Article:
(Speaking in Hawaiian) Aloha everyone. My name is Manu, Manu Aluli Meyer. I’m the fifth Daughter of Emma Aluli and Harry Meyer. And we come from a big family of people dedicated to Hawaiian education, Hawaiian justice, Hawaiian cultural rejuvenation. My work has been in Indigenous epistemology for the last 30 years. And I’ve been a friend of these beloved presenters, and I look forward to being a part of this discussion today (speaking in Hawaiian) , these are our words for science, and for the idea of continuity that has shaped our love of land and service to people. Aloha, everyone.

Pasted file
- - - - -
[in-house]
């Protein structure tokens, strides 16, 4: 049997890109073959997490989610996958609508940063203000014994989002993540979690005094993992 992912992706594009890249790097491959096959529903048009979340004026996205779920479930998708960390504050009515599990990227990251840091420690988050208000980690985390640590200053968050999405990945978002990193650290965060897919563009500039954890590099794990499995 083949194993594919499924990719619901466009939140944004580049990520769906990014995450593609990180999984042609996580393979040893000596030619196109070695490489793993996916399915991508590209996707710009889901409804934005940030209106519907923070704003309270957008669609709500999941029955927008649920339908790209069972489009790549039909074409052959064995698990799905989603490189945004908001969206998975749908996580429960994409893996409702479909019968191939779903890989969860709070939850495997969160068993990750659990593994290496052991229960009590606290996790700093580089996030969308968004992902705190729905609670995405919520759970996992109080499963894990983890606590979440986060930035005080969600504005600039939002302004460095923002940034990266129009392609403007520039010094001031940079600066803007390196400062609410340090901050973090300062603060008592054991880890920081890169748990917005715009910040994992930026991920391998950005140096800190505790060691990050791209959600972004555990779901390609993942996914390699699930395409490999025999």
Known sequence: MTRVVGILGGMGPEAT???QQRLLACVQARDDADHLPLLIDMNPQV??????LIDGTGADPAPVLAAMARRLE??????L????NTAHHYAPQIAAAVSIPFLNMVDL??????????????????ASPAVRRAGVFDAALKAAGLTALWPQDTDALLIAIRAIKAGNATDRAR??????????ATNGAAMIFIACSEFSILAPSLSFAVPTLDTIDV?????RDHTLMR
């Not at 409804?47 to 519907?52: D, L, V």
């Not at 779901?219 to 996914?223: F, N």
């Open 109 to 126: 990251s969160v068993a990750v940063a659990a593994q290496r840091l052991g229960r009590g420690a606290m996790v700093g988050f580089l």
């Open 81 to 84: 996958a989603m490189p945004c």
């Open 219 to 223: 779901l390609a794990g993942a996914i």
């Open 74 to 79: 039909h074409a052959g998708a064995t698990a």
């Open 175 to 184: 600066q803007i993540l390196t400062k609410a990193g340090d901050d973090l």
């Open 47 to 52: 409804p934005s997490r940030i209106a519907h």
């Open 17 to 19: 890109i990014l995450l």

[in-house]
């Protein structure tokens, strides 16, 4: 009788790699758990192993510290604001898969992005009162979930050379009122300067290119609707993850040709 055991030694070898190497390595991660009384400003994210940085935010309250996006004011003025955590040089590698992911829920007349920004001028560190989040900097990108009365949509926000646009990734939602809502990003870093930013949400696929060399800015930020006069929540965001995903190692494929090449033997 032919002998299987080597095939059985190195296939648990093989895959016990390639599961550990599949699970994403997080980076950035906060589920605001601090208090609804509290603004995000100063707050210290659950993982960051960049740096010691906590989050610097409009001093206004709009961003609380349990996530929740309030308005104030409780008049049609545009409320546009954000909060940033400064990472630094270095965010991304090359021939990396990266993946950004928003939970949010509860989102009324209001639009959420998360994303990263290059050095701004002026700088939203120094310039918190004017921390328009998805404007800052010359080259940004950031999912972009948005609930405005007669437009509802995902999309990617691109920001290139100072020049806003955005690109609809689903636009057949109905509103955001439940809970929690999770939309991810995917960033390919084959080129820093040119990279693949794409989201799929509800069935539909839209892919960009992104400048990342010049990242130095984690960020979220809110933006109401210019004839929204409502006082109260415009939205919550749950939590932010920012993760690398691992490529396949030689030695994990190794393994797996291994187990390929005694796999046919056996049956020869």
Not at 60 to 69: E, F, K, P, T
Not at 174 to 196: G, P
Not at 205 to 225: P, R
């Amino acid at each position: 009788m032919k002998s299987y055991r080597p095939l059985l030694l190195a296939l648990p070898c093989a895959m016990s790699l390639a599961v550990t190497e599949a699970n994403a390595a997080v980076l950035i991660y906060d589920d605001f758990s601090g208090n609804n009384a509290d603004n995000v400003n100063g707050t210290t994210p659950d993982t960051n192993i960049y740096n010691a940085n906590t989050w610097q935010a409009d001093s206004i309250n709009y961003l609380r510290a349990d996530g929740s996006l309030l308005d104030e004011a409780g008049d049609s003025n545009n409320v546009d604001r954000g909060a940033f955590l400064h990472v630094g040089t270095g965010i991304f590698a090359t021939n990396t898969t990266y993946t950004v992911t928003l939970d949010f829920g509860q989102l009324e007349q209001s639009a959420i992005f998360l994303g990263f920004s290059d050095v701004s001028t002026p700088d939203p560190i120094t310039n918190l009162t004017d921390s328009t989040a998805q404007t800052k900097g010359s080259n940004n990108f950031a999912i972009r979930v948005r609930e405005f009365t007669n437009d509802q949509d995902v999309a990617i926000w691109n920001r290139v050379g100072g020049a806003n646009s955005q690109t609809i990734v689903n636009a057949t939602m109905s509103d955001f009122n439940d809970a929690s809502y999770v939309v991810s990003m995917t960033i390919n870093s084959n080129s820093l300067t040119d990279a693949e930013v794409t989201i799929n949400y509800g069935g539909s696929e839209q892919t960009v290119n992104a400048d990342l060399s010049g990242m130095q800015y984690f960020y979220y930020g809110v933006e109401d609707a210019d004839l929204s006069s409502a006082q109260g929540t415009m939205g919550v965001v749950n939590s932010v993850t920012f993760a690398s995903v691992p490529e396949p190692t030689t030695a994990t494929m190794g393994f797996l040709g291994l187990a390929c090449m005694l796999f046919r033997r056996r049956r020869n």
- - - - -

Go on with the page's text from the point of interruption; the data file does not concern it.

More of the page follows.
(Speaking in Kurukh), there are the words of salutation in my language in Central India, one of the tribes. Sonajharia Minz is my name and my first name Sonajharia means spring of gold. And my second name Minz is the totem that is eel, a fish. And my tribe is known as the Oraon tribe, but my language is Kurukh. I grew up as a child of enlightened parents who were very deep rooted in the culture, but were conscious of education and modern education. And very early at the age of five, I was told by my father that intellectual capacity was uniformly distributed to all, and this had a background which I didn’t know at that time and couldn’t understand, which is that in India people are divided not based on any other thing, but because of where they are born – in which family one is born. And because of the Caste system which are linked with the kind of work that is done. The Dalits and Tribals in India are considered to be outside the caste system, and therefore, at least 100 years ago, they were even considered less than humans. But my father mentioned that sentence because it has been assumed that Dalits and Tribals do not have enough intellectual capacity to study modern education, and especially science. And so the children used to be discouraged from studying science and mathematics. But when I was stopped from studying mathematics, after school, I took it up as a rebellious spirit in me to study mathematics and continued to study computer science. So therefore, I have been trained as a mathematician up to my Master’s level. But because I did research in computer science, I have been a Professor of Computer Science for 30 years, in the Universities in India, the public Universities and one of the premier Universities, I have been a Professor of Computer Science for 29 years. A year and a half ago, I was appointed as the Vice Chancellor, which is like a President of a public University in Central India. Whereas I did serve as a Professor in one of the premier public Universities in New Delhi, that is the capital of India. And so after 40 years of being outside my birthplace, which is known as Jharkhand, I was considered as of “merit” and not within the scope of Tribals and Dalits. And I praise the leading spirits, the great spirits that brought me back to my land after 40 years as a Vice Chancellor of a University. But what has been a burning desire for me as a life project has been digitization of the Indigenous cultures, the Tribal cultures, which have been always considered uncivilized, primitive, uncouth, simple, as opposed to sophisticated science. And so it has been a burning desire in me to take up this project of digitization of cultures and Indigenous cultures. But things have taken a different turn. Right now as the Vice Chancellor of this public University, which is in a Tribal populated, densely populated area in Central India, I have been now engaged with teaching and trying to incorporate Indigenous knowledge into the mainstream curriculum. My government, my federal government, at the moment, is also interested in Indigenous knowledge systems. And I’m at this time very cautious and weary, that if we spill out everything and present it to the non-Tribal and the the part of Indian society who has always colonized our knowledge, and has considered us substandard, or subaltern, and uncouth and uncivilized and simple, they just might want to not give enough credit to the knowledge from our again simplistic presentation of everything. And therefore, I, at this time, would like to be very responsibly cautious under the projects which are intended to bring out Indigenous knowledge systems in India. But I’m so pleased be part of this podcast. And I look forward towards a longer relationship as I see so many common issues from other parts of the world.